Determined to think spring
Regardless of what it looks like outside my front window, it’s spring.
Five days into the first meteorological spring month of March, my yard is still snow-covered, and there’s still 6-foot high piles of snow up and down my street. And, to make matters worse, it’s snowing again.
But that’s OK … spring is officially here, and we have made it through a very tough winter. There’s even a few signs of spring.
A friend told me she saw three robins in her yard a couple weeks ago. As far as I know, this friend isn’t given much to hallucinations or fibbing. I choose to believe her.
Another friend told me she has already bought her garden seeds and is plotting out her garden, at least in her mind.
And though I still haven’t plowed my way through the snow to my backyard garden spot, I can look out my kitchen window and envision the green which will appear before long. After all the whiteness of this winter, I think springtime green has become my new favorite color.
I can even visualize there will come a day when I will sit outside on our patio, read a book and feel the warmth of the sun.
But there’s no denying this has been a tough winter, the kind of winter which will almost become like folklore to us. Years from now, but probably not too soon, we will no doubt look back with a certain sense of fondness on the mighty winter of 2013-14.
Some of us more “fortunate” ones have lived through at least two mighty winters in our lifetimes. For some of us, it’s a bit hard to forget the mighty winter of 1978-79. Just as the “old timers” would say, now that’s a winter with which to be reckoned.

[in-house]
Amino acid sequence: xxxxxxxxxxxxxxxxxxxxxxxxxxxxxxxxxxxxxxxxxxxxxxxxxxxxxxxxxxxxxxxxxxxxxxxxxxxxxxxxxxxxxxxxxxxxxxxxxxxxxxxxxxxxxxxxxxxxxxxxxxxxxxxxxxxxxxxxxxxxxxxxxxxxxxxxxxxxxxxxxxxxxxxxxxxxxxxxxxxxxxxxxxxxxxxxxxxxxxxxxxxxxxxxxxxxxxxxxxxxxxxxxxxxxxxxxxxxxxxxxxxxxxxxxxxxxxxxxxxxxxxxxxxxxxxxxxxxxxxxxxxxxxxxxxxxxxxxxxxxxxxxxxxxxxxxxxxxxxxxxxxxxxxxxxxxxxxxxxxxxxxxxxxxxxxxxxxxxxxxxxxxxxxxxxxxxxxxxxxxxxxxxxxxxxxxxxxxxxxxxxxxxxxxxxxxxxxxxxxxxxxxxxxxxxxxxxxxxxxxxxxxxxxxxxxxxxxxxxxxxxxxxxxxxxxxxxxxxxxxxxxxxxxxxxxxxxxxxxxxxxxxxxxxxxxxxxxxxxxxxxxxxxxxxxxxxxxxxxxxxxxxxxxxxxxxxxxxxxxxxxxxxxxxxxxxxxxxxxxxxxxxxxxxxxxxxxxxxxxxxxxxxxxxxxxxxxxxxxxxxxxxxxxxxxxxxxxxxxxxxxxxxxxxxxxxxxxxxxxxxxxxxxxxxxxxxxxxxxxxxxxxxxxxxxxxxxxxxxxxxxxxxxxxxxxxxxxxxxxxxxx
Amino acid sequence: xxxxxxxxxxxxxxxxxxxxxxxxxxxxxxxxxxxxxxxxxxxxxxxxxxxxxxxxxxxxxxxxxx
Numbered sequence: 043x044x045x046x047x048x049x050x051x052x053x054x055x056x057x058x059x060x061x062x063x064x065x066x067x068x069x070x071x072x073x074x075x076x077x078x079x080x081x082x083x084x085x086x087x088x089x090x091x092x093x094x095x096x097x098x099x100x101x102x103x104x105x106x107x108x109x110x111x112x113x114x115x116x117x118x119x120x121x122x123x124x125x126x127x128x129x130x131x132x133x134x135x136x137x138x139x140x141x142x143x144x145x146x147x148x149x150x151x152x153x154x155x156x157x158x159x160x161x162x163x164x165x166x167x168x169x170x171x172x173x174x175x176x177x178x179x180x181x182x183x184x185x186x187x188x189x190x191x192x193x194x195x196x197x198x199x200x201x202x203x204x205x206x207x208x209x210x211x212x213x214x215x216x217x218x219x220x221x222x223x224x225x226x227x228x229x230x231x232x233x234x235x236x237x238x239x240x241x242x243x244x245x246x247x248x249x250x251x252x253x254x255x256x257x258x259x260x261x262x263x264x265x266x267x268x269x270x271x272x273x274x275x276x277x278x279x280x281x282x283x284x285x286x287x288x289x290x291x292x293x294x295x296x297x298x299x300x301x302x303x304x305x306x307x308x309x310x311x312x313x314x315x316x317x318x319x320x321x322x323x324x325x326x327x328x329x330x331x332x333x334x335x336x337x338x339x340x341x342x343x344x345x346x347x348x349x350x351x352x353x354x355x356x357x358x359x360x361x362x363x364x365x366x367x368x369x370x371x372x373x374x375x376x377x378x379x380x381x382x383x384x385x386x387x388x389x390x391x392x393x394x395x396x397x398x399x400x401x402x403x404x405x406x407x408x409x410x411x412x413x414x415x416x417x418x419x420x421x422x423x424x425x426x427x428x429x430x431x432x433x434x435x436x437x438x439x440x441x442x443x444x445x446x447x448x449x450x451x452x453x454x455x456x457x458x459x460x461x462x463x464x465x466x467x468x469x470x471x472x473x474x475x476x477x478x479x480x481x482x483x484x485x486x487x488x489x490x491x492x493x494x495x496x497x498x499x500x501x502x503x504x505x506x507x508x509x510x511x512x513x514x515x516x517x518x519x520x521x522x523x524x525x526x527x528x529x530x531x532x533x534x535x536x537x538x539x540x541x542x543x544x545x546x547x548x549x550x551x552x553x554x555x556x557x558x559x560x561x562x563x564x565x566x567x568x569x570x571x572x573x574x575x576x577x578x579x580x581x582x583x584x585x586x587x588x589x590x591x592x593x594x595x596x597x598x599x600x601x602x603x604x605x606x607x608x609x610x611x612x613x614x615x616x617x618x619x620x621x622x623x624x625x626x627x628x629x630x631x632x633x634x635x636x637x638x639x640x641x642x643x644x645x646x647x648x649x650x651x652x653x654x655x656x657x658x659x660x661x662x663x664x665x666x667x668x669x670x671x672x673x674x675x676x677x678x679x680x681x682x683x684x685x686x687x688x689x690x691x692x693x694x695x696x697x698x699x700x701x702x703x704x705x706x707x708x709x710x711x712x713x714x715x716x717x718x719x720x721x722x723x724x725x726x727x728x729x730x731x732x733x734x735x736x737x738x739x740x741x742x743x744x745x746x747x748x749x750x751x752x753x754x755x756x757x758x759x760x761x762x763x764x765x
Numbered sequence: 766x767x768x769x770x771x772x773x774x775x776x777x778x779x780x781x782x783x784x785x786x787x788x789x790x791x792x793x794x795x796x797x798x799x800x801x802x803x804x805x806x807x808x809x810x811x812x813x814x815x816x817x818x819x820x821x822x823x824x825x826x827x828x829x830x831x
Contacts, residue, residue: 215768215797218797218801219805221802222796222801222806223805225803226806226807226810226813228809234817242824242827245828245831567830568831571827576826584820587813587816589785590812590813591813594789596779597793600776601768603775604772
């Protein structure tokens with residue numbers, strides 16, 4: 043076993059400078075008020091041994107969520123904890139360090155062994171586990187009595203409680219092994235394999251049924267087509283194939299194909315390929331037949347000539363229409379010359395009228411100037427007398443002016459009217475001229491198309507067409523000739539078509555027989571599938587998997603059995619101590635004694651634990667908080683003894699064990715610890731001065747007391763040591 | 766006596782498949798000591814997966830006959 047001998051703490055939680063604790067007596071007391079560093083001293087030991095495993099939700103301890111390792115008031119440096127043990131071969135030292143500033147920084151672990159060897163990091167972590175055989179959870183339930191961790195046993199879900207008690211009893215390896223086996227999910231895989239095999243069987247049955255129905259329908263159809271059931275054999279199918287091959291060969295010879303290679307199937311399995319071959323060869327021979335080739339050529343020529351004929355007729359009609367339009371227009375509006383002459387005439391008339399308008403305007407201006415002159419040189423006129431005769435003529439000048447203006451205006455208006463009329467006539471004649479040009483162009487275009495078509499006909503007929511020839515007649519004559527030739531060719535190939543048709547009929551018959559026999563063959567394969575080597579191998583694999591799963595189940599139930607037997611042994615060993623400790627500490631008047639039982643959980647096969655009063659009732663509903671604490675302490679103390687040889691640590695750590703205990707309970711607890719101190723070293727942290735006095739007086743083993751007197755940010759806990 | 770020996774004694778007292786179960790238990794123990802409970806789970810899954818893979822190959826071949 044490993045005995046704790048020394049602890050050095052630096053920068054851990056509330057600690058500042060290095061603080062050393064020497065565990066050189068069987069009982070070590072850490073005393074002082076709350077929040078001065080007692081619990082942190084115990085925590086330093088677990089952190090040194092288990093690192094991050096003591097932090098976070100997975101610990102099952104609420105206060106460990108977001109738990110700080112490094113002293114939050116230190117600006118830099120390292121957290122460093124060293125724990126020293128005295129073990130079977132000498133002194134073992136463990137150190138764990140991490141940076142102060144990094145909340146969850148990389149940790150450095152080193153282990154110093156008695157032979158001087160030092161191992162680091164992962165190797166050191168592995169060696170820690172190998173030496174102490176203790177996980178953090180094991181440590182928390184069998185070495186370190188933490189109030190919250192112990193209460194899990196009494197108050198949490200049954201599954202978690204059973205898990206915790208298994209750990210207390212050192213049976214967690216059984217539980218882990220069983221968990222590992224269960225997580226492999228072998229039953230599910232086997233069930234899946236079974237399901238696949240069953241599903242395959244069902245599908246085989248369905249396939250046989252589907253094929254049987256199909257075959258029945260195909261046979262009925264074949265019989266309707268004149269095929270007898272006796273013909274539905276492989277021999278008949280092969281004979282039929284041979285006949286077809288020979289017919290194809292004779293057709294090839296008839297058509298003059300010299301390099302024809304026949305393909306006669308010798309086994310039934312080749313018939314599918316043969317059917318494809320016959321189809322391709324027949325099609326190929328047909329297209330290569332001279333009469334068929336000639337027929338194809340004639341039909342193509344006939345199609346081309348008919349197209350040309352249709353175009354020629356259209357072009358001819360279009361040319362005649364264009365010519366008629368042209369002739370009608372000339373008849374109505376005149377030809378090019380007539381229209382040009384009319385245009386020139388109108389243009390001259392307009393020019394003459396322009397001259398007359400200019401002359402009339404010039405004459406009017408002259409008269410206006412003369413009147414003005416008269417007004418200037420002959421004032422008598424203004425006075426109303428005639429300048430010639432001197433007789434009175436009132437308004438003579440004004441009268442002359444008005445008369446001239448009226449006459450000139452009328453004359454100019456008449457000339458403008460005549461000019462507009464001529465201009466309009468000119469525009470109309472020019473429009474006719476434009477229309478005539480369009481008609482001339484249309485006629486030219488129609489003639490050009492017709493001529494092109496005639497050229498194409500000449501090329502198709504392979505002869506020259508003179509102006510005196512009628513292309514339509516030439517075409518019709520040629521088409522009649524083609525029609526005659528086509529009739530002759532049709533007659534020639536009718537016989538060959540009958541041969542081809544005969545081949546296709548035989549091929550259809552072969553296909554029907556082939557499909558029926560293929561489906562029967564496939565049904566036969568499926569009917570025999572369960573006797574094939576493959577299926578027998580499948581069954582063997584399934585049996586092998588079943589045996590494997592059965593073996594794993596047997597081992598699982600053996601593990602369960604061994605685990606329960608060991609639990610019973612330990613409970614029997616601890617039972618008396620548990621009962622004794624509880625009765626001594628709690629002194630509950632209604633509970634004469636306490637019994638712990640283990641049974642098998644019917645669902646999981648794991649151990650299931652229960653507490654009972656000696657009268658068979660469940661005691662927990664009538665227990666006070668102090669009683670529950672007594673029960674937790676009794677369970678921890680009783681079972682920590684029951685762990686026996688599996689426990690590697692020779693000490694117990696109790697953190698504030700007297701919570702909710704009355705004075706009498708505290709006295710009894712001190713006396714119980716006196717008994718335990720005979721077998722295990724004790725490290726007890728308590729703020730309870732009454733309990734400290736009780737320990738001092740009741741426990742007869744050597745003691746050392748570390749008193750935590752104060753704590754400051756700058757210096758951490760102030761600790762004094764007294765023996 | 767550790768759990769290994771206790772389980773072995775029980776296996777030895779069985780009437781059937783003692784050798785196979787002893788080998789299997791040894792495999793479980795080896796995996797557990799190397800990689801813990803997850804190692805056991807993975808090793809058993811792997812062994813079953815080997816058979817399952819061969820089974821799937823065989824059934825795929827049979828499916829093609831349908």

I was working at the Bureau County Republican that winter, expecting our first baby. The snow came not so much in inches, but in feet. I remember the Wyanet/Walnut blacktop being blocked just outside of town by the snow drifts. I remember people driving snowmobiles over fences. I remember neighbors helping out neighbors who couldn’t make it to their homes and farms.
In December 1978, the Bureau County area received about 31 inches of snow. The blizzard of Jan. 11-14, 1979, brought another 20 inches of snow and closed down about everything. The Quad Cities area ended that mighty winter with 64 inches of snow.
According to WQAD meteorologist James Zahara, the 2013-14 winter season for the Quad Cities area has brought 58.5 inches of snow, so far. This winter hasn’t been so much about amount the snow received, but its repeated hits of snowfall and the extent of the cold that it brought, he said.
Whatever their claims to infamy, both winters have been memorable.
But as for me, it will be nice to forget about winter for a while and think spring.
BCR Senior Staff Writer Donna Barker can be reached at firstname.lastname@example.org.